Array based vapor sensing has emerged as a powerful approach toward the detection of chemically diverse analytes. Based on cross-responsive sensor elements, these systems aim to produce composite responses unique to each odorant, in a fashion similar to the mammalian olfactory system. We have invented the colorimetric sensor array [Rakow, N. A.; Suslick, K. S. "A Colorimetric Sensor Array for Odour Visualization" Nature, 2000, 406, 710-714.; Suslick, K. S.; Rakow, N. A. "Colorimetric Artificial Nose Having an Array of Dyes and Method for Artificial Olfaction" U.S. Patent 6,368,558; April 9, 2002. Suslick, K. S.; Rakow, N. A.; Sen, A. "Colorimetric Artificial Nose Having an Array of Dyes and Method for Artificial Olfaction: Shape Selective Sensors" U.S. Patent 6,495,102 B1; Dec. 17, 2002. ]. This "optoelectronic nose"
has proved to be an extremely effective approach to the detection, identification, and quantification of odorants of all kinds and has received widespread publicity and recently led to the founding of iSense, a start-up company located in Palo Alto.
As inorganic chemists have long realized, compounds that bind to metal ions are nearly always highly odiferous. For this reason, metal-containing dyes, such as metalloporphyrins, provide a way of reporting the presence of odors by changes in color. We first started our sensor by using a two-dimensional display of metalloporphyrins as sensor elements for the visual identification of a wide range of olfactants (including alcohols, amines, ethers, phosphines, phosphites, thioethers, and thiols) and even weakly-ligating solvent vapors (arenes, halocarbons, and ketones). The solid-state color changes are similar to those known for metal ligation in solution.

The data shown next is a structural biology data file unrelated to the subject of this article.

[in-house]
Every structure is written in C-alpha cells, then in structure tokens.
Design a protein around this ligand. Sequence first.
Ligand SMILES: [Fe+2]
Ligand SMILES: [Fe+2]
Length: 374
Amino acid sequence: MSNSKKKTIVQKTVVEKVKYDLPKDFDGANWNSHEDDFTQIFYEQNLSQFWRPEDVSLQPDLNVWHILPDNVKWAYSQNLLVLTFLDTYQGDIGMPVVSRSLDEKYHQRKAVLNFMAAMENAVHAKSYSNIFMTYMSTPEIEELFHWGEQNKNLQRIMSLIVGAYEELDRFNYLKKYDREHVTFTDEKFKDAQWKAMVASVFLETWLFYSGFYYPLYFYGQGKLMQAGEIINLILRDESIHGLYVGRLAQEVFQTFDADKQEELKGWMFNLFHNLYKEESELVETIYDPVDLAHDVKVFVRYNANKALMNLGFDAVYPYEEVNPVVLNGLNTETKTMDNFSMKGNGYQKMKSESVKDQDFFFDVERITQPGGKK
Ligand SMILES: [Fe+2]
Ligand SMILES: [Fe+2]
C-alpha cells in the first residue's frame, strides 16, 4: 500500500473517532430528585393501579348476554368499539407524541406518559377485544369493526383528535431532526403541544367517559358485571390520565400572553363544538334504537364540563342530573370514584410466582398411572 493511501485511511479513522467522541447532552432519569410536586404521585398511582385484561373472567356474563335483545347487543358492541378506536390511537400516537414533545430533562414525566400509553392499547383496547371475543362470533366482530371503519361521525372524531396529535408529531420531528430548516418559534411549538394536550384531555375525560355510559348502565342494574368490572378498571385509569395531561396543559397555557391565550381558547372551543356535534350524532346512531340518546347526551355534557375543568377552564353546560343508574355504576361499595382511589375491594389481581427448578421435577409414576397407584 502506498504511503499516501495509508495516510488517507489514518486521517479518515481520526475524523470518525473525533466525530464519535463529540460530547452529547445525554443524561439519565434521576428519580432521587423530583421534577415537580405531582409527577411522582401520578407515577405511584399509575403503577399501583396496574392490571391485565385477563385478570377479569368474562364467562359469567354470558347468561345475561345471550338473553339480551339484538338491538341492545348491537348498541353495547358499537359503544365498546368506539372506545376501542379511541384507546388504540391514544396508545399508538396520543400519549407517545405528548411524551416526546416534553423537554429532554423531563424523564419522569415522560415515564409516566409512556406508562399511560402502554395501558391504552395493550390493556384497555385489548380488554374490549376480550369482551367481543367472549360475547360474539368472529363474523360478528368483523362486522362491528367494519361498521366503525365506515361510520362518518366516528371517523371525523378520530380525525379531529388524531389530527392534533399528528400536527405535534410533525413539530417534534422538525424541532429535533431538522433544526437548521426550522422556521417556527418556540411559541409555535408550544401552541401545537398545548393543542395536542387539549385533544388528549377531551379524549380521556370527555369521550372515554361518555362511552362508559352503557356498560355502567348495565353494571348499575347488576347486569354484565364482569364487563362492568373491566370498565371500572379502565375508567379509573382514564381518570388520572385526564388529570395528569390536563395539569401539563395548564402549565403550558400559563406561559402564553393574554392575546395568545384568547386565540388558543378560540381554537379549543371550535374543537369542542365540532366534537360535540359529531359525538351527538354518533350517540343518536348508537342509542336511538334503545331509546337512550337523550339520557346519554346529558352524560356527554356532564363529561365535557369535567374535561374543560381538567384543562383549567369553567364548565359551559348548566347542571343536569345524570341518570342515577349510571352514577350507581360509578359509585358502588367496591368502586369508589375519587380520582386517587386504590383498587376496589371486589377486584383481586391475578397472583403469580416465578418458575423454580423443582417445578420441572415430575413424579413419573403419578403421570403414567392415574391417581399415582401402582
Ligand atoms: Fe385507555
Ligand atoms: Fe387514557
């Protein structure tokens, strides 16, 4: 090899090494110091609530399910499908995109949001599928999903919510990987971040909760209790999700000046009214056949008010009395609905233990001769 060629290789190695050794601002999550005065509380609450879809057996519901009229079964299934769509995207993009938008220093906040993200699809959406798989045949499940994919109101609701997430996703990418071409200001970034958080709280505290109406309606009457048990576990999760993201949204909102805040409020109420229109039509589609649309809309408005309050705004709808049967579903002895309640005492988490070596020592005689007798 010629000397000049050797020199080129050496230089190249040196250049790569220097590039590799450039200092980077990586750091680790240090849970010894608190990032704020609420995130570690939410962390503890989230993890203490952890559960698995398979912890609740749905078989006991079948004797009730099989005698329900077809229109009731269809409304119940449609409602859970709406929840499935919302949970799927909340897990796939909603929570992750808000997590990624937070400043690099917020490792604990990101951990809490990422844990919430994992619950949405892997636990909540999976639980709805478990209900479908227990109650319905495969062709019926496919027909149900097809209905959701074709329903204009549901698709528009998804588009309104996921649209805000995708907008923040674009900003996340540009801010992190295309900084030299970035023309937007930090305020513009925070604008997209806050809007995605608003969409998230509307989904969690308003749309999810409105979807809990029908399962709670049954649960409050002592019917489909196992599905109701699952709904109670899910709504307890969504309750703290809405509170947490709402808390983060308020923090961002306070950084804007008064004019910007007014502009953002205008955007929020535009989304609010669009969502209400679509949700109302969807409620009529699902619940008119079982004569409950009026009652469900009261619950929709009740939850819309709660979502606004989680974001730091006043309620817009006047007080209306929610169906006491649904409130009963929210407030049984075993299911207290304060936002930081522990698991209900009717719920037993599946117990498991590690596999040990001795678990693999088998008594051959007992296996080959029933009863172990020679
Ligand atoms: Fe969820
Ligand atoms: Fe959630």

We expanded from this simple array to include a total of 36 chemically responsive colorants in a printable nanoporous formulation for detection and identification of volatile organic compounds (VOCs). These are inexpensive, disposable sensor arrays based on equilibrium interactions of analytes with metalloporphyrins and other chemically responsive dyes. As with human olfaction, our colorimetric sensor arrays use a large number of cross-reactive sensors that probe a wide range of chemical properties. By digitally monitoring the change in color of each dye in the array, we have a quantitative measure of a composite response to VOCs. Chemometric pattern recognition is extremely powerful with these arrays because of their very high dimensionality.
The recent goals in my research group have been to extend this technology to biomedical applications, with specific aims focusing (1) on the development of a personal chemical dosimeter for the detection, identification, and quantification of environmental and workplace VOCs and (2) on medical diagnosis tools based on breath analysis. The sensitivity of our arrays permits rapid detection of very low levels of most volatile toxicants. This is a translational technology that should find substantial use in workplace monitoring of chemical exposure and in the near future to the development of new point-of-care tools for medical diagnosis and screening (e.g., lung cancer, sinusitus, liver dysfunction, ...). Our efforts in these areas should lead (1) to fundamental advances in sensor development for molecular recognition and biomedical applications of such sensor arrays, (2) development and refinement of technology for the rapid and continuous identification and quantitation of volatile chemical toxicants, and most importantly, (3) prototyping of an extremely portable device for the assessment of personal VOC exposure